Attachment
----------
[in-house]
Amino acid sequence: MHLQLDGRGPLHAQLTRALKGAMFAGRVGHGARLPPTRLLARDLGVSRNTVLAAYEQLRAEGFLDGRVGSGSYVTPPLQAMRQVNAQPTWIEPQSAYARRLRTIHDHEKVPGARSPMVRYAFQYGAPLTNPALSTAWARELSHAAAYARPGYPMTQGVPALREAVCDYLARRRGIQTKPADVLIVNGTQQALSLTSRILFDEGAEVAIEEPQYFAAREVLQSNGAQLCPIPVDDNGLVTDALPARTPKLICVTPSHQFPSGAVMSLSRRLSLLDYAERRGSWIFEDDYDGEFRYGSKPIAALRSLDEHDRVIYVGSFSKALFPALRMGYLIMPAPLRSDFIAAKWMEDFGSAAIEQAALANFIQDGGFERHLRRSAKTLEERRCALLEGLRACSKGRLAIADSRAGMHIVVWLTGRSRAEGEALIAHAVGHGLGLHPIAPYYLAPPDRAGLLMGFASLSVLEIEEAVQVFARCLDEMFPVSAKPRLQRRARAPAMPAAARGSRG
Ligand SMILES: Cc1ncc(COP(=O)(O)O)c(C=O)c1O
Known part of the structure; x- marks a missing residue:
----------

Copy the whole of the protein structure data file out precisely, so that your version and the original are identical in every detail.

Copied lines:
[in-house]
Amino acid sequence: MHLQLDGRGPLHAQLTRALKGAMFAGRVGHGARLPPTRLLARDLGVSRNTVLAAYEQLRAEGFLDGRVGSGSYVTPPLQAMRQVNAQPTWIEPQSAYARRLRTIHDHEKVPGARSPMVRYAFQYGAPLTNPALSTAWARELSHAAAYARPGYPMTQGVPALREAVCDYLARRRGIQTKPADVLIVNGTQQALSLTSRILFDEGAEVAIEEPQYFAAREVLQSNGAQLCPIPVDDNGLVTDALPARTPKLICVTPSHQFPSGAVMSLSRRLSLLDYAERRGSWIFEDDYDGEFRYGSKPIAALRSLDEHDRVIYVGSFSKALFPALRMGYLIMPAPLRSDFIAAKWMEDFGSAAIEQAALANFIQDGGFERHLRRSAKTLEERRCALLEGLRACSKGRLAIADSRAGMHIVVWLTGRSRAEGEALIAHAVGHGLGLHPIAPYYLAPPDRAGLLMGFASLSVLEIEEAVQVFARCLDEMFPVSAKPRLQRRARAPAMPAAARGSRG
Ligand SMILES: Cc1ncc(COP(=O)(O)O)c(C=O)c1O
Known part of the structure; x- marks a missing residue: